I thought I would give you a little glimpse into my childhood.I was born back in March of 1966 which for the mathematically challenged would be nearly forty two years ago. I'm the youngest of three boys. Mark is five years my senior and Gene is a whopping seven years olderthan me. Yeah, he's pretty much ancient.
Now when mom and dad had their first look at me it probably wasn't what they were expecting. I'm sure they did the regular counting of fingers and toes, which were all present and accounted for, but when they got to my face it was obvious something wasn't right.
You see, I was born with what is commonly referred to as a cleft lip and pallet. In simple terms it means, in my case anyway, that my upper lip had not grown together properly in the middle. It basically looked as if it had been cut or torn straight down from the base of my nose. As an added bonus the roof of my mouth, known as the pallet, had a rather large hole in it that went to my nasal cavity. As I'm sure you can imagine, I was not exactly the poster boy for Gerber Baby Foods.
And so my journey through this life began. Of course my mom and dad's journey through parenting was also taking on a different direction. What they had come to expect about caring for an infant had instantly changed in the blink of an eye.
Most of the challenges fell on my mom. Part of that reason was because dad had to work long hours to make ends meet and part of it was that forty years ago the rolls of parents were defined differently than they are today. Mostly though, it's because mom always took the time to be a great parent.
Relatively simple tasks for most young parents like feeding their new baby became momentous undertakings. Breast feeding was totally out of the question, and even bottle feeding was nearly impossible. When your mouth can't close all the way you can't form any suction, thereby making either of those options practically null.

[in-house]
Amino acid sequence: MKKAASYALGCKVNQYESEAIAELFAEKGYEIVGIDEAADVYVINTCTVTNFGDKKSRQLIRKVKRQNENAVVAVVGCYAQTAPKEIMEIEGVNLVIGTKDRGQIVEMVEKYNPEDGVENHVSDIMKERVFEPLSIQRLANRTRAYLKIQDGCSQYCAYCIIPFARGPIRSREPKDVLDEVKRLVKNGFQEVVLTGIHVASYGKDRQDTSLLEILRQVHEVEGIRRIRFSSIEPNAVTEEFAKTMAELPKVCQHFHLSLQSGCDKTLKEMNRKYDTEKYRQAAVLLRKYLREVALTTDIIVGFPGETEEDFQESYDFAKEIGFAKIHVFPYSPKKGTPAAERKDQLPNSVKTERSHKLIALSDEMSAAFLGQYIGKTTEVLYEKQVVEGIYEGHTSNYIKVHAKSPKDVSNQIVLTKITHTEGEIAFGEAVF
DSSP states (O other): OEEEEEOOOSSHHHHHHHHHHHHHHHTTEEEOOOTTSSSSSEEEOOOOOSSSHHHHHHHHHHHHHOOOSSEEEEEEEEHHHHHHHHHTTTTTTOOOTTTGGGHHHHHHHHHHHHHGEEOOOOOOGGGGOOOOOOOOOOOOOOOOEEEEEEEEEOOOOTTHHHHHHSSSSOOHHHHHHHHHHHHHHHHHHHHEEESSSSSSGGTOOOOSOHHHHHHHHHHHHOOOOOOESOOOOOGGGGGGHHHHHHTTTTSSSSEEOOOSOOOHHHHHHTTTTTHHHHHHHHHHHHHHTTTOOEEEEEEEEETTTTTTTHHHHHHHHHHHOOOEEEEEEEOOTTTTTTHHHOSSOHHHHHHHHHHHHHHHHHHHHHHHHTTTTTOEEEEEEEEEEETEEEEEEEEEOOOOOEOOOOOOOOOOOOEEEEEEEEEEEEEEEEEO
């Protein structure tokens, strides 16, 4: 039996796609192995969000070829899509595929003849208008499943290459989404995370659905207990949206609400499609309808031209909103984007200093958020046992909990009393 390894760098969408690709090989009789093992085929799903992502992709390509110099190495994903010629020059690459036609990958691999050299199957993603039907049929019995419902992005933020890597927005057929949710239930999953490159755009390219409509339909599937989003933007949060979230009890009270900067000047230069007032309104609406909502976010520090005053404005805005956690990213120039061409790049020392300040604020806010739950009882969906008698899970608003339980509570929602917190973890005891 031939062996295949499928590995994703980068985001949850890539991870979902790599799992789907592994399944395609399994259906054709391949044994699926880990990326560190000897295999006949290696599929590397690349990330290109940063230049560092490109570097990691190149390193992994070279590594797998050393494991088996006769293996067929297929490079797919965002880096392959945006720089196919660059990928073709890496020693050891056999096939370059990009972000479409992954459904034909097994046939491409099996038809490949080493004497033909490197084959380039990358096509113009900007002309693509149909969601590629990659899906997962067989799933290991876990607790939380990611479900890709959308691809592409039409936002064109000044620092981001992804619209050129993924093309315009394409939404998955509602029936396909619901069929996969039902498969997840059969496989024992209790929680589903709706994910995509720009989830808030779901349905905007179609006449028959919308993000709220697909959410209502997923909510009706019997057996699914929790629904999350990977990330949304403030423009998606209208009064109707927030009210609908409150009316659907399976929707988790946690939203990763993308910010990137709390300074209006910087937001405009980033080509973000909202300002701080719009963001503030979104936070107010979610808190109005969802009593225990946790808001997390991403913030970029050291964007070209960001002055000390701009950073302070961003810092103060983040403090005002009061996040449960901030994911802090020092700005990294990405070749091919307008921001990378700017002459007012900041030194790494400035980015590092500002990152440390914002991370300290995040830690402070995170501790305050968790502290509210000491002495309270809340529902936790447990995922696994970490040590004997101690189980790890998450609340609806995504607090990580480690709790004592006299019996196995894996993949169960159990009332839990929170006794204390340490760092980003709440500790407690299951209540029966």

Spoon feeding wasn't much easier. When you have a hole in the roof of your mouth food doesn't like to travel in the normal direction. Excuse the graphic, but rather than going down to my stomach, the majority of it would go up and through my nose. I can not even begin to imagine the patience it must have taken to get a meal in me. What should have taken about ten minutes was now stretched into hours.
My father worked for the State of California, and thank the good Lord had fantastic medical benefits. So at the ripe old age of eight weeks old I had my first operation. This would be the first of twenty some odd procedures through my childhood years to correct my unique features.
Stop for a moment, especially if you're a parent, and think about sending your child into the operating room at that age. The absolute fear and heartache my parents must of gone through is incredible. They had to have thought, "This is not what we signed up for!"
They and I would later find out that the surgeon who would perform several of my many operations was one of the best in his field. Dr Trucker was an amazing man. I don't remember much about him, but I have reason to thank him to this day. His type of surgery was not the Hollywood flash variety; it was more of the kind that restored hope to families who had to wonder if their child would ever be able to have a normal face. Thank you doc!
Now when your two or three years old, your parents can't just say, "don't scratch the stitches on your lip." and expect you to listen. Some of you may argue that this 'not listening' stage lasts well beyond this age and continues right on through the teenage years, but that's a whole other story.